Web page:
The European Commission presented its widely heralded legislative proposals on regulating the role of so-called “gatekeeper” platforms on 15 December 2020. The proposed Digital Markets Act (Proposed DMA) comes at a time when, despite record multi-billion-euro antitrust fines levied against digital platforms and a considerable list of ongoing antitrust enforcement investigations, the Commission considers that its existing competition law toolkit is insufficient to address today’s “digital challenges".   

Defining ‘gatekeeper’

The Proposed DMA is described as applying to businesses and their activities meeting the following cumulative criteria:

  1. core platform services” – defined as including (at least initially):  (a) online intermediation services; (b) online search engines; (c) online social networking services; (d) video-sharing platform services; (e) number-independent interpersonal communication services; (f) operating systems; (g) cloud computing services; and (h) advertising services, including advertising networks, exchanges and intermediation services; offered by
  2. platforms that have a significant impact on the internal market – which will be presumed if the company has (i) EEA turnover of at least €6.5bn in the last three financial years, or a market capitalisation or equivalent fair market value of at least €65bn in the last financial year; and (ii) provides a core platform service in at least three Member States; and
  3. “serve an important gateway for business users to reach their customers” – which will be presumed if the company operates a platform with more than 45 million monthly active end users established/located in the EU; and has more than 10,000 yearly active business users established in the EU in the last financial year; and
  4. “which enjoy, or will foreseeably enjoy, an entrenched and durable position” – which will be presumed if the company meets the previous two criteria in each of the last three financial years.

The quantitative criteria listed in points 2 to 4 above are not the end of the story, as even if these thresholds are met, companies can include “substantiated rebuttals” and require the Commission to make its determination on the basis of qualitative criteria; and even if the thresholds are not met, the Commission will have the power to designate companies as gatekeepers on the basis of an overall qualitative assessment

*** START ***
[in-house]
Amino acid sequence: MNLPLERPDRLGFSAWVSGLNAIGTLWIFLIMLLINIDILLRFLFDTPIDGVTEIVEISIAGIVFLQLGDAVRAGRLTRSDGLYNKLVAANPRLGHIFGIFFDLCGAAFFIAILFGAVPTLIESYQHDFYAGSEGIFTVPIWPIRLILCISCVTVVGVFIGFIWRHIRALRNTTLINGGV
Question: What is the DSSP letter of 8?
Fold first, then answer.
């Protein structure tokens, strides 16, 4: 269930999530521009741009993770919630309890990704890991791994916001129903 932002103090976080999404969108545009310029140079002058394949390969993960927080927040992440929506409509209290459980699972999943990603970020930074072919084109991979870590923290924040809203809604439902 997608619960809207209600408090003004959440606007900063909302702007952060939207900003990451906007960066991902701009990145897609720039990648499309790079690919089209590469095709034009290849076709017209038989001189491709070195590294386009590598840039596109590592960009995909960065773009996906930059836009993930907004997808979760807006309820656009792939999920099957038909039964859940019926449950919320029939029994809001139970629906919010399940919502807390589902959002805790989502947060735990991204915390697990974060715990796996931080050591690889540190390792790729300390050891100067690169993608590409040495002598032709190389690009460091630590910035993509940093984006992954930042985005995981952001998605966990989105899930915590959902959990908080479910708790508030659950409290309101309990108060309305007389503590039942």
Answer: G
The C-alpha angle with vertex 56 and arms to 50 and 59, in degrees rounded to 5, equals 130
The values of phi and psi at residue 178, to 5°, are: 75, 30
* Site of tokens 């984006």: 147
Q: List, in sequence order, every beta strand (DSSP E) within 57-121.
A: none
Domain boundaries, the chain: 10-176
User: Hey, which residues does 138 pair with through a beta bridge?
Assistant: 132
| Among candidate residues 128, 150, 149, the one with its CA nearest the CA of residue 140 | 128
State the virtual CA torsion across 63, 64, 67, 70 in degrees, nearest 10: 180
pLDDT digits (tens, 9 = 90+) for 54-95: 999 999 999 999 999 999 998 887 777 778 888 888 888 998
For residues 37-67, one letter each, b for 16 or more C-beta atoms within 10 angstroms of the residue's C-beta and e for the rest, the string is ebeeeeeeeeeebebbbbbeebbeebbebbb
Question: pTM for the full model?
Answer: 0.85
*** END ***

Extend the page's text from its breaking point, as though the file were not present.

In addition to designating companies as gatekeepers, the Commission can identify companies that will “foreseeably” enjoy an “entrenched and durable” market position in the future (i.e. emerging gatekeepers). While such gatekeepers would only need to comply with a sub-set of the obligations outlined below, this represents a shift towards preventative regulation and a desire to prevent gatekeepers from emerging and markets from “tipping” even before there are concerns.

Contrary to parallel proposals advocated by the UK Digital Markets Taskforce (the UK DMT) and the proposed German Digitization Amendment for the Acts against Restraints of Competition (ARC), the Proposed DMA reverses the burden of proof when quantitative thresholds are met and requires companies to self-assess and provide the required information to the Commission within three months of meeting the thresholds. At this point the Commission has 60 days to designate a company as a gatekeeper by way of a public decision. 

Proposed obligations (which apply from six months of being designated a “gatekeeper”)

The proposed obligations are focused on preventing gatekeepers from “imposing unfair conditions on businesses and consumers and at ensuring the openness of important digital services”, with proposed “do’s and don’ts” relating to:

  1. Bundling / self-preferencing – e.g. preventing gatekeepers from giving preference to their own search rankings or product display, and allowing the installation of third party software and the un-installation of pre-installed software.
  2. Interoperability – e.g. allowing third parties to interoperate with a gatekeeper’s own services on equal terms, with the Commission expressly referring to Near Field Communication technology as an example, and prohibiting any technical barriers to switching.
  3. Data portability – e.g. ensuring that business users and end users are granted effective and immediate access to the data they have provided or generated, in a commonly used and machine-readable format.
  4. Collection of data – e.g. preventing gatekeepers from combining data from different sources.
  5. Use of data – e.g. preventing gatekeepers from using data generated by business users engaging with their platforms from competing with those users.